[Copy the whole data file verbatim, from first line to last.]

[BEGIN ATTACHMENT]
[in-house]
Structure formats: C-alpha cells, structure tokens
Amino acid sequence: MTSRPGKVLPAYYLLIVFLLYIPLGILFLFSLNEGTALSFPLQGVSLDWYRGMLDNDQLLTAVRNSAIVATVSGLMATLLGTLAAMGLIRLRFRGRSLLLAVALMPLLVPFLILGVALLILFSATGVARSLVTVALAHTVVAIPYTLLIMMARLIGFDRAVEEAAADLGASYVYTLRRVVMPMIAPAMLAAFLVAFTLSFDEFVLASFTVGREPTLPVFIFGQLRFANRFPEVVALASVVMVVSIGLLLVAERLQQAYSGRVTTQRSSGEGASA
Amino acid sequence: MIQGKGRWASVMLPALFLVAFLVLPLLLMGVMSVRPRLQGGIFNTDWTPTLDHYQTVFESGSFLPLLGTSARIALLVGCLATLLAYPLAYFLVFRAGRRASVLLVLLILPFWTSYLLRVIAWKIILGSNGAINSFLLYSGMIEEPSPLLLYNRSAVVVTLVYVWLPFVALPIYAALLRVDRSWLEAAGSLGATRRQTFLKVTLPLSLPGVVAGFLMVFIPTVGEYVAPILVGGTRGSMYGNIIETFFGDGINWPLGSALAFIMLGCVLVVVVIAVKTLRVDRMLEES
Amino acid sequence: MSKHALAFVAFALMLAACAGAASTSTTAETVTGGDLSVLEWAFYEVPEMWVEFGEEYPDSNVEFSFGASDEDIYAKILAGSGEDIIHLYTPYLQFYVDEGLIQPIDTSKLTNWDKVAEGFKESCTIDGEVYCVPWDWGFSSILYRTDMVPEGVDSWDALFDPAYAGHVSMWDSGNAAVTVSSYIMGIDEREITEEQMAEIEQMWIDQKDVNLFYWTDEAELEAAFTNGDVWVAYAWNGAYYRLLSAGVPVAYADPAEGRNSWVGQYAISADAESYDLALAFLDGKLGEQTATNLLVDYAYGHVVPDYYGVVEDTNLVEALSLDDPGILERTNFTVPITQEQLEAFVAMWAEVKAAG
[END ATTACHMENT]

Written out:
[in-house]
Structure formats: C-alpha cells, structure tokens
Amino acid sequence: MTSRPGKVLPAYYLLIVFLLYIPLGILFLFSLNEGTALSFPLQGVSLDWYRGMLDNDQLLTAVRNSAIVATVSGLMATLLGTLAAMGLIRLRFRGRSLLLAVALMPLLVPFLILGVALLILFSATGVARSLVTVALAHTVVAIPYTLLIMMARLIGFDRAVEEAAADLGASYVYTLRRVVMPMIAPAMLAAFLVAFTLSFDEFVLASFTVGREPTLPVFIFGQLRFANRFPEVVALASVVMVVSIGLLLVAERLQQAYSGRVTTQRSSGEGASA
Amino acid sequence: MIQGKGRWASVMLPALFLVAFLVLPLLLMGVMSVRPRLQGGIFNTDWTPTLDHYQTVFESGSFLPLLGTSARIALLVGCLATLLAYPLAYFLVFRAGRRASVLLVLLILPFWTSYLLRVIAWKIILGSNGAINSFLLYSGMIEEPSPLLLYNRSAVVVTLVYVWLPFVALPIYAALLRVDRSWLEAAGSLGATRRQTFLKVTLPLSLPGVVAGFLMVFIPTVGEYVAPILVGGTRGSMYGNIIETFFGDGINWPLGSALAFIMLGCVLVVVVIAVKTLRVDRMLEES
Amino acid sequence: MSKHALAFVAFALMLAACAGAASTSTTAETVTGGDLSVLEWAFYEVPEMWVEFGEEYPDSNVEFSFGASDEDIYAKILAGSGEDIIHLYTPYLQFYVDEGLIQPIDTSKLTNWDKVAEGFKESCTIDGEVYCVPWDWGFSSILYRTDMVPEGVDSWDALFDPAYAGHVSMWDSGNAAVTVSSYIMGIDEREITEEQMAEIEQMWIDQKDVNLFYWTDEAELEAAFTNGDVWVAYAWNGAYYRLLSAGVPVAYADPAEGRNSWVGQYAISADAESYDLALAFLDGKLGEQTATNLLVDYAYGHVVPDYYGVVEDTNLVEALSLDDPGILERTNFTVPITQEQLEAFVAMWAEVKAAG